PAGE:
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- Posted on Jun 24th 2011 5:00PM by Ciaran Thompson
"I don't think it's a big departure, but it does feel like an extension," Lerch tells Spinner of his new album.
"I've come more to terms with the fact that I sound like myself. No matter what I do, I sound like myself."
"It's a bit more candid and lyrically more intimate," he continues. "Serious sounds so boring, but lyrically it's the most concerned with what is actually going on, much more concerned with reality and not reverie in a way."
Over the course of his musical career, which kicked off with recording his debut, 'Faces Down,' in 2000, Lerche has stuck to material that's autobiographical. Although, at times he's delved into topical subject matter, albeit subtly, writing about personal experiences and composing melodic sounds to match continues to be his forte.
"Everything I do is very melodic, harmonically pretty juicy, so that's always a redeeming factor even when the subject matter becomes a little uncomfortable or unpleasant," he says. "One of the things I'm really thankful for is that you can write about stuff that is occasionally negative and not necessarily a pleasant experience, but when you turn it into a song and share it with an audience, it's usually always a positive experience or gets to be uplifting.
"I have songs that I touch upon things that go on outside of my own world, but I write a lot of songs so I always have more song than I need -- I don't know if it's a coincidence or it's maybe my instinct, but I've often ended up getting rid of those songs. There's a process of elimination there, and I guess there are a couple songs that didn't make this album that are a bit less on the introspective side."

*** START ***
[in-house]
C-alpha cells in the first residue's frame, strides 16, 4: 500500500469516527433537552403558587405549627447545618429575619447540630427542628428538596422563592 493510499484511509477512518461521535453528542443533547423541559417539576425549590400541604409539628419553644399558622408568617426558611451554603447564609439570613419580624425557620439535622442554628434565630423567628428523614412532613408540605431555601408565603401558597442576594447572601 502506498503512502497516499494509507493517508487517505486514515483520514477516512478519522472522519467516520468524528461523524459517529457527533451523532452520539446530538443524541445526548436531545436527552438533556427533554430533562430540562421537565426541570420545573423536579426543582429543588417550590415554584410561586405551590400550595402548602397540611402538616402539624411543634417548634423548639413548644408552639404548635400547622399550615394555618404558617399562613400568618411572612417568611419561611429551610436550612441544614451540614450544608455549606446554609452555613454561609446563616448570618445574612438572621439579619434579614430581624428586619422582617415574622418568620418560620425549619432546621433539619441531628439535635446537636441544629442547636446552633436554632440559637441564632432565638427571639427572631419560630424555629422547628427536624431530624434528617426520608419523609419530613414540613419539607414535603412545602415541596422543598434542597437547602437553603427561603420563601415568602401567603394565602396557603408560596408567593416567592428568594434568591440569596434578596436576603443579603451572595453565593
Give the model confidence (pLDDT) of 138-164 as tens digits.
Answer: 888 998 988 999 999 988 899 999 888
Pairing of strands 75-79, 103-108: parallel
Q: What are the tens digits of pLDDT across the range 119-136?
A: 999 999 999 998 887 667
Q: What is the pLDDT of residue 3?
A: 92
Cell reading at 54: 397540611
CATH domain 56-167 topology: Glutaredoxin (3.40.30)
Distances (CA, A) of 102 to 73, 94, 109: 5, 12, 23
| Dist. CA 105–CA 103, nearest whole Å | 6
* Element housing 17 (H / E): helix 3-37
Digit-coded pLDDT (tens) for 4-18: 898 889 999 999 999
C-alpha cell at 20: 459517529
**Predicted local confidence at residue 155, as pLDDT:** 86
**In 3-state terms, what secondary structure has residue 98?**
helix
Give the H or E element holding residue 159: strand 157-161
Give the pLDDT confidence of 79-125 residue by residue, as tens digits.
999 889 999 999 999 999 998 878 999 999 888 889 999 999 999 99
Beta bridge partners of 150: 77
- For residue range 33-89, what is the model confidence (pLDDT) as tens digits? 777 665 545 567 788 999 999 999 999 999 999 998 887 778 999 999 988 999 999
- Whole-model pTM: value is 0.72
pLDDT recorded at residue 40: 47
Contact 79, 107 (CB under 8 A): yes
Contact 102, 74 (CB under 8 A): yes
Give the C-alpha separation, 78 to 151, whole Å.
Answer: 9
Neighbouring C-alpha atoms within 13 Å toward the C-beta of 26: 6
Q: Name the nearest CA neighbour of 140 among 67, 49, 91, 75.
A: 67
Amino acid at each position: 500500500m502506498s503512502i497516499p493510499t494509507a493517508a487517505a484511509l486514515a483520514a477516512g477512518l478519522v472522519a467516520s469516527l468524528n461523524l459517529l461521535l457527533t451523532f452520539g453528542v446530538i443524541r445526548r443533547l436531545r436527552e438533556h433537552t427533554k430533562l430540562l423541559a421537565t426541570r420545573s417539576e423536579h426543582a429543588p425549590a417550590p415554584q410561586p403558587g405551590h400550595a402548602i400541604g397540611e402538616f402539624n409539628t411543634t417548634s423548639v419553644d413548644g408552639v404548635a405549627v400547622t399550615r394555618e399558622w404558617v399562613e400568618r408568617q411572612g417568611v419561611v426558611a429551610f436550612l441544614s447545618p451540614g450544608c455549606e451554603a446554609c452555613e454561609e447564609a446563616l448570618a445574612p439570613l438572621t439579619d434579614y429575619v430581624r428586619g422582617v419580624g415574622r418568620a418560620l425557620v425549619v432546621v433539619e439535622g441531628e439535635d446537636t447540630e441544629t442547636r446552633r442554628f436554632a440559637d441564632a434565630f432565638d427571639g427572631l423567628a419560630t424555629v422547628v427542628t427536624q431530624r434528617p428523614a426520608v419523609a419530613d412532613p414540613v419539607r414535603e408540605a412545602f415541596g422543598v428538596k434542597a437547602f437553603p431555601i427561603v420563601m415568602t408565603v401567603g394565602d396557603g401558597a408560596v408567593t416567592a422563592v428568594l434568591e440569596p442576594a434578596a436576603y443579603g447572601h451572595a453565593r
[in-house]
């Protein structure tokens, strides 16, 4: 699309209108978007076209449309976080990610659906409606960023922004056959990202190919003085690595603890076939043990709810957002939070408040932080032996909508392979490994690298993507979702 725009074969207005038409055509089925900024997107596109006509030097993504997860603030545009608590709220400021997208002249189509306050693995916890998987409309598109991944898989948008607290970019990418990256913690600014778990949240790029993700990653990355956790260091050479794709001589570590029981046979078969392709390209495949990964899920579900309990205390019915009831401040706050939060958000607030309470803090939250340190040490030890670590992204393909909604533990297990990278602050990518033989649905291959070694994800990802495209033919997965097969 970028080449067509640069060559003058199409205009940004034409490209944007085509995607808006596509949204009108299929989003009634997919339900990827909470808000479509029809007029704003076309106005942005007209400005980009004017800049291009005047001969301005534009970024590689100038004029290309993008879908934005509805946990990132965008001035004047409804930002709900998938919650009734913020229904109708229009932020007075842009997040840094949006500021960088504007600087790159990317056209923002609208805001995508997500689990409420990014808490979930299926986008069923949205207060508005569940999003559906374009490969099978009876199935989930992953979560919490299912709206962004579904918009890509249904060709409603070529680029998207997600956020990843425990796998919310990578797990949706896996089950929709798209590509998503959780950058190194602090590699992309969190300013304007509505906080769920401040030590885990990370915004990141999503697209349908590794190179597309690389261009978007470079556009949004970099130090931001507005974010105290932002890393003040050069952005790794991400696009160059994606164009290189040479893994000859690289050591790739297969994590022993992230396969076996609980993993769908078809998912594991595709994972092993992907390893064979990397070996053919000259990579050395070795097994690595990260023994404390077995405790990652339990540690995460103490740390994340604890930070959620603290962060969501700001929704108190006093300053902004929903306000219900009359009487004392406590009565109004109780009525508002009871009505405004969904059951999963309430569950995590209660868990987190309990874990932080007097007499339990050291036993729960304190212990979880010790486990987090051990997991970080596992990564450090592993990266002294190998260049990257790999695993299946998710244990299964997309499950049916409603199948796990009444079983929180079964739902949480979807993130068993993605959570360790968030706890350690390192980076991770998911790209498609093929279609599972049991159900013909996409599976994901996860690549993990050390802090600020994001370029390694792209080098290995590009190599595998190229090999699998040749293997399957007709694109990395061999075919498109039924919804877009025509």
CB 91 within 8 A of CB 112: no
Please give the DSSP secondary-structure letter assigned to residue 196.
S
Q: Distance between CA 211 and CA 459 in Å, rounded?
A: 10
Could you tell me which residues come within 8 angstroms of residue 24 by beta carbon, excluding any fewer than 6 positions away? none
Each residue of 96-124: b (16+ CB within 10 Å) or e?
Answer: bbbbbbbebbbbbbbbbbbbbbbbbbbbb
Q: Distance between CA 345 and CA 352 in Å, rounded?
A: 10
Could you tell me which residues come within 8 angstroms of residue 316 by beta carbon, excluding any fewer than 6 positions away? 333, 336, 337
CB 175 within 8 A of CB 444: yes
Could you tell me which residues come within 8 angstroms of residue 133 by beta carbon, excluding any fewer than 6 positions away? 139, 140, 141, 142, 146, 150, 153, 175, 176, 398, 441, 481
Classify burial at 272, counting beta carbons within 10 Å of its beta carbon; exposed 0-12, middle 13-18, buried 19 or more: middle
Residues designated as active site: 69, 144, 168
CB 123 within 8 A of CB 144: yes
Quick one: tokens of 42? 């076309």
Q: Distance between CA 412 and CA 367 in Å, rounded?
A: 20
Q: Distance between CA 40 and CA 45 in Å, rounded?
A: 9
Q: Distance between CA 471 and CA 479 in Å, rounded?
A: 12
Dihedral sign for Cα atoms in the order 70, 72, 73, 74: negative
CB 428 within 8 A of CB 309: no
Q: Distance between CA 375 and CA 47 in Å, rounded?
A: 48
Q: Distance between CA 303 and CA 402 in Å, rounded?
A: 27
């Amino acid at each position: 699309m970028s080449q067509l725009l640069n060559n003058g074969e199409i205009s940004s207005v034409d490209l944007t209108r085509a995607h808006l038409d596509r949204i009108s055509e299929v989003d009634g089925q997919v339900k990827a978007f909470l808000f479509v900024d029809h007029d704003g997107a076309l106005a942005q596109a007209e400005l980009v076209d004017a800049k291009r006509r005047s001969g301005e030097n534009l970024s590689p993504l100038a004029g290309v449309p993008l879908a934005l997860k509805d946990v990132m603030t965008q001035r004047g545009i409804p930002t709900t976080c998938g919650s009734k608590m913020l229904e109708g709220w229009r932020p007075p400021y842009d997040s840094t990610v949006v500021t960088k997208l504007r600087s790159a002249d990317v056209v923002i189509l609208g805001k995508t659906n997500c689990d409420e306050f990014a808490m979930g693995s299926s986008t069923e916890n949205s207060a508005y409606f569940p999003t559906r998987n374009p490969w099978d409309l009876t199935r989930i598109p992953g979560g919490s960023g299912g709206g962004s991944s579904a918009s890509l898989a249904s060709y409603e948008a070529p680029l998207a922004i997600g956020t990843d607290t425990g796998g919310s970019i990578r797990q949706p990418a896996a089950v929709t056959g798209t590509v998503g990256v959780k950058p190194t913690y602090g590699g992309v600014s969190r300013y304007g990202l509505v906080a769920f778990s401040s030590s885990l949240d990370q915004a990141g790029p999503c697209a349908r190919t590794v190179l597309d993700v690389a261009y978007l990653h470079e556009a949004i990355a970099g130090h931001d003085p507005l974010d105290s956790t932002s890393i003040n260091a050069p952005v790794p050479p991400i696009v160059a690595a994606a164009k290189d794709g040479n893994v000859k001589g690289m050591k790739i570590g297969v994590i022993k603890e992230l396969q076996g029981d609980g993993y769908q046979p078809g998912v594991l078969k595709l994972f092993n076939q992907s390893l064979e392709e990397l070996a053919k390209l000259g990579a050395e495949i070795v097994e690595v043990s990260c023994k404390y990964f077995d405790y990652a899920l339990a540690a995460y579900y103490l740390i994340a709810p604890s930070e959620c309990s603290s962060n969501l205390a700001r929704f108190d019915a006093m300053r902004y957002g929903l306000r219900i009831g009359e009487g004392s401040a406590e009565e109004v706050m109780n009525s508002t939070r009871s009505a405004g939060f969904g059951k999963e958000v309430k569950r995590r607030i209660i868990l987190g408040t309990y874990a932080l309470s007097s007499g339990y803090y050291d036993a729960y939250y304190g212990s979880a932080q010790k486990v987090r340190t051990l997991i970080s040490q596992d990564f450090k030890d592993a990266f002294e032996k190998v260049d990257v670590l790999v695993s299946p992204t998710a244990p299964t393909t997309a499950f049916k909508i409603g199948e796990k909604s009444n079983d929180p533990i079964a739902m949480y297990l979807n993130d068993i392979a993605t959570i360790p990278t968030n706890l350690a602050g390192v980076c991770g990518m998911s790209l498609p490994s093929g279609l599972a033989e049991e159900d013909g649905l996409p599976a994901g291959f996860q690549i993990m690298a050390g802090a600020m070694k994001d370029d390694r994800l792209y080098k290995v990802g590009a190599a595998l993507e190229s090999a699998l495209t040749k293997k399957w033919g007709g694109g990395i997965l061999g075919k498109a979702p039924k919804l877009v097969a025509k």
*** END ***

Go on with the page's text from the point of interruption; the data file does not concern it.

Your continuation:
Becoming comfortable with how he sounds isn't the only difference between the Lerche of old and now, he's also become accustomed to keeping mum about the details regarding the subject matter of his songs and, in the process, encouraging the listener to develop their own meaning.
"The most important thing to me is that people find their own stories and their own truths," he says. "That's the fun part and why I never really tell people much about the specifics of the songs, because I did that in the beginning and they'd be disappointed when they heard from my perspective what the song was about. You can ruin people's whole memory or experiences with a song, because it means something to them and it takes on completely different meaning.
"History shows us that the songs -- the myth, the experience and the emotion -- live longer the less you explain."